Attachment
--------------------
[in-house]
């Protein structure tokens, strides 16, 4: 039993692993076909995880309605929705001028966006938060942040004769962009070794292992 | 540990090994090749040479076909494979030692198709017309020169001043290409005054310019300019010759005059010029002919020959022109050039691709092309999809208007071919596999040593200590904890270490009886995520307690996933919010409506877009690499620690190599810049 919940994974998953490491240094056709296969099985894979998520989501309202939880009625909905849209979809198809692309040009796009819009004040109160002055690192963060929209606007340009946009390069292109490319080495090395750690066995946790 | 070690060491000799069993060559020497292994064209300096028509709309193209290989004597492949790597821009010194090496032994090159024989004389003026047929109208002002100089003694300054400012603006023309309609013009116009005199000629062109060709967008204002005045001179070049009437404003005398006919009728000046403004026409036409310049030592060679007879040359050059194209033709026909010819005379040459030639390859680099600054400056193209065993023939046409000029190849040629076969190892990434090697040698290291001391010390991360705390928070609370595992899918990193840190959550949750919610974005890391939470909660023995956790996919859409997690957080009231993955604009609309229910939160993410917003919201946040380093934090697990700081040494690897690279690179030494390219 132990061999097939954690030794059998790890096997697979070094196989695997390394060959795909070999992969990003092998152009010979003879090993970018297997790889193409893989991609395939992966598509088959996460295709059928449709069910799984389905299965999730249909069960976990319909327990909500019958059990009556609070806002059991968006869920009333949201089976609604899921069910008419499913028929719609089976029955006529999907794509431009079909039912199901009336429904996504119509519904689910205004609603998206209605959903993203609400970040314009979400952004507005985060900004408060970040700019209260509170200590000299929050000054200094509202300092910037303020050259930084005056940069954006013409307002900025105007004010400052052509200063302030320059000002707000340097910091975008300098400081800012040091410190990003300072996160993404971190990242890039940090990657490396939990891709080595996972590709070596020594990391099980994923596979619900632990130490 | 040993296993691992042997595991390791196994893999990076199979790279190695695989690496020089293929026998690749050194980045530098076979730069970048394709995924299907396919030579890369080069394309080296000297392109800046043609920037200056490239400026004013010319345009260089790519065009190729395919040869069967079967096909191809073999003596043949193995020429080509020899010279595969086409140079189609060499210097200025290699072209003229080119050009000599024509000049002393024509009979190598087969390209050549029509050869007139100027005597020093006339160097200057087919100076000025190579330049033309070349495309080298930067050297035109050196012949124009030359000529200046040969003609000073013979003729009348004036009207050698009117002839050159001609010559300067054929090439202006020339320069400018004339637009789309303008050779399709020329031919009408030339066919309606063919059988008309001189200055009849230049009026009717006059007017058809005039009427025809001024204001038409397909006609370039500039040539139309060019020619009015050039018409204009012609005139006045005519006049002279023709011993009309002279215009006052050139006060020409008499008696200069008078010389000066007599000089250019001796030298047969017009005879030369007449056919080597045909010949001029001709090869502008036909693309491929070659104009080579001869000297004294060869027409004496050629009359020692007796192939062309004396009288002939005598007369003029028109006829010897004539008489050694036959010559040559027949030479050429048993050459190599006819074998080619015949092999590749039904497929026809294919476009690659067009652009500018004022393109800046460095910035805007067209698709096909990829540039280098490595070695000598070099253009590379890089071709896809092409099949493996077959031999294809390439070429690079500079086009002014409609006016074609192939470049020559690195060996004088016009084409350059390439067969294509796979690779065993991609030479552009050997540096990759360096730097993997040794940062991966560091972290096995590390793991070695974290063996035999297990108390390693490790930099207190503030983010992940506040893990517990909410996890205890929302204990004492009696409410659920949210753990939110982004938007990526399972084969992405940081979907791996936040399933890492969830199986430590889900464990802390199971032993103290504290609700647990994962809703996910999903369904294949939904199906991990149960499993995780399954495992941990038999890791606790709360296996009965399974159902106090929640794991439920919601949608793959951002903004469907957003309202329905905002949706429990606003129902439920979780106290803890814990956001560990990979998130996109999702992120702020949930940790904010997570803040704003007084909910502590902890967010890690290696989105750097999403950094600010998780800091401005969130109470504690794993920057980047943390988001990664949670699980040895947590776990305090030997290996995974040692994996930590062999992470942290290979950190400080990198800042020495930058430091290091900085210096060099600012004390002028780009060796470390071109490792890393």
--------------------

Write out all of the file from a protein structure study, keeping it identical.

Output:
[in-house]
């Protein structure tokens, strides 16, 4: 039993692993076909995880309605929705001028966006938060942040004769962009070794292992 | 540990090994090749040479076909494979030692198709017309020169001043290409005054310019300019010759005059010029002919020959022109050039691709092309999809208007071919596999040593200590904890270490009886995520307690996933919010409506877009690499620690190599810049 919940994974998953490491240094056709296969099985894979998520989501309202939880009625909905849209979809198809692309040009796009819009004040109160002055690192963060929209606007340009946009390069292109490319080495090395750690066995946790 | 070690060491000799069993060559020497292994064209300096028509709309193209290989004597492949790597821009010194090496032994090159024989004389003026047929109208002002100089003694300054400012603006023309309609013009116009005199000629062109060709967008204002005045001179070049009437404003005398006919009728000046403004026409036409310049030592060679007879040359050059194209033709026909010819005379040459030639390859680099600054400056193209065993023939046409000029190849040629076969190892990434090697040698290291001391010390991360705390928070609370595992899918990193840190959550949750919610974005890391939470909660023995956790996919859409997690957080009231993955604009609309229910939160993410917003919201946040380093934090697990700081040494690897690279690179030494390219 132990061999097939954690030794059998790890096997697979070094196989695997390394060959795909070999992969990003092998152009010979003879090993970018297997790889193409893989991609395939992966598509088959996460295709059928449709069910799984389905299965999730249909069960976990319909327990909500019958059990009556609070806002059991968006869920009333949201089976609604899921069910008419499913028929719609089976029955006529999907794509431009079909039912199901009336429904996504119509519904689910205004609603998206209605959903993203609400970040314009979400952004507005985060900004408060970040700019209260509170200590000299929050000054200094509202300092910037303020050259930084005056940069954006013409307002900025105007004010400052052509200063302030320059000002707000340097910091975008300098400081800012040091410190990003300072996160993404971190990242890039940090990657490396939990891709080595996972590709070596020594990391099980994923596979619900632990130490 | 040993296993691992042997595991390791196994893999990076199979790279190695695989690496020089293929026998690749050194980045530098076979730069970048394709995924299907396919030579890369080069394309080296000297392109800046043609920037200056490239400026004013010319345009260089790519065009190729395919040869069967079967096909191809073999003596043949193995020429080509020899010279595969086409140079189609060499210097200025290699072209003229080119050009000599024509000049002393024509009979190598087969390209050549029509050869007139100027005597020093006339160097200057087919100076000025190579330049033309070349495309080298930067050297035109050196012949124009030359000529200046040969003609000073013979003729009348004036009207050698009117002839050159001609010559300067054929090439202006020339320069400018004339637009789309303008050779399709020329031919009408030339066919309606063919059988008309001189200055009849230049009026009717006059007017058809005039009427025809001024204001038409397909006609370039500039040539139309060019020619009015050039018409204009012609005139006045005519006049002279023709011993009309002279215009006052050139006060020409008499008696200069008078010389000066007599000089250019001796030298047969017009005879030369007449056919080597045909010949001029001709090869502008036909693309491929070659104009080579001869000297004294060869027409004496050629009359020692007796192939062309004396009288002939005598007369003029028109006829010897004539008489050694036959010559040559027949030479050429048993050459190599006819074998080619015949092999590749039904497929026809294919476009690659067009652009500018004022393109800046460095910035805007067209698709096909990829540039280098490595070695000598070099253009590379890089071709896809092409099949493996077959031999294809390439070429690079500079086009002014409609006016074609192939470049020559690195060996004088016009084409350059390439067969294509796979690779065993991609030479552009050997540096990759360096730097993997040794940062991966560091972290096995590390793991070695974290063996035999297990108390390693490790930099207190503030983010992940506040893990517990909410996890205890929302204990004492009696409410659920949210753990939110982004938007990526399972084969992405940081979907791996936040399933890492969830199986430590889900464990802390199971032993103290504290609700647990994962809703996910999903369904294949939904199906991990149960499993995780399954495992941990038999890791606790709360296996009965399974159902106090929640794991439920919601949608793959951002903004469907957003309202329905905002949706429990606003129902439920979780106290803890814990956001560990990979998130996109999702992120702020949930940790904010997570803040704003007084909910502590902890967010890690290696989105750097999403950094600010998780800091401005969130109470504690794993920057980047943390988001990664949670699980040895947590776990305090030997290996995974040692994996930590062999992470942290290979950190400080990198800042020495930058430091290091900085210096060099600012004390002028780009060796470390071109490792890393």